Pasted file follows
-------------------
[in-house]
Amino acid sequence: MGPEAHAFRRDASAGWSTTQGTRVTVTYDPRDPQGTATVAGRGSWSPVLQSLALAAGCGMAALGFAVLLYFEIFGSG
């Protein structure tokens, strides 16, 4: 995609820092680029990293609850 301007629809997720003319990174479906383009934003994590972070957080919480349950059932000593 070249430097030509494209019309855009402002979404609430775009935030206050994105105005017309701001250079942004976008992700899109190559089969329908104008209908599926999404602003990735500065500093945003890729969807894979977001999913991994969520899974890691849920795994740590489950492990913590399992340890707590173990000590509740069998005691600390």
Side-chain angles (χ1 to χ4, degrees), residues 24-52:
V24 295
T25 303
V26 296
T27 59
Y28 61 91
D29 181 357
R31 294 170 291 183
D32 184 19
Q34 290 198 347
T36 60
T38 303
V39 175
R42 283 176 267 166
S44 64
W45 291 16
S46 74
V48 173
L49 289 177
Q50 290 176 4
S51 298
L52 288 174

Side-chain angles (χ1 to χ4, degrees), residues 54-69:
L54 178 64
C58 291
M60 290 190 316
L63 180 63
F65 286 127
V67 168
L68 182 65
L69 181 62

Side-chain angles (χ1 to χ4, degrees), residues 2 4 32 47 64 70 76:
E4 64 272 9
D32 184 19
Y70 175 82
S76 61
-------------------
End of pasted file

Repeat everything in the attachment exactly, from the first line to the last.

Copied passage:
[in-house]
Amino acid sequence: MGPEAHAFRRDASAGWSTTQGTRVTVTYDPRDPQGTATVAGRGSWSPVLQSLALAAGCGMAALGFAVLLYFEIFGSG
């Protein structure tokens, strides 16, 4: 995609820092680029990293609850 301007629809997720003319990174479906383009934003994590972070957080919480349950059932000593 070249430097030509494209019309855009402002979404609430775009935030206050994105105005017309701001250079942004976008992700899109190559089969329908104008209908599926999404602003990735500065500093945003890729969807894979977001999913991994969520899974890691849920795994740590489950492990913590399992340890707590173990000590509740069998005691600390």
Side-chain angles (χ1 to χ4, degrees), residues 24-52:
V24 295
T25 303
V26 296
T27 59
Y28 61 91
D29 181 357
R31 294 170 291 183
D32 184 19
Q34 290 198 347
T36 60
T38 303
V39 175
R42 283 176 267 166
S44 64
W45 291 16
S46 74
V48 173
L49 289 177
Q50 290 176 4
S51 298
L52 288 174

Side-chain angles (χ1 to χ4, degrees), residues 54-69:
L54 178 64
C58 291
M60 290 190 316
L63 180 63
F65 286 127
V67 168
L68 182 65
L69 181 62

Side-chain angles (χ1 to χ4, degrees), residues 2 4 32 47 64 70 76:
E4 64 272 9
D32 184 19
Y70 175 82
S76 61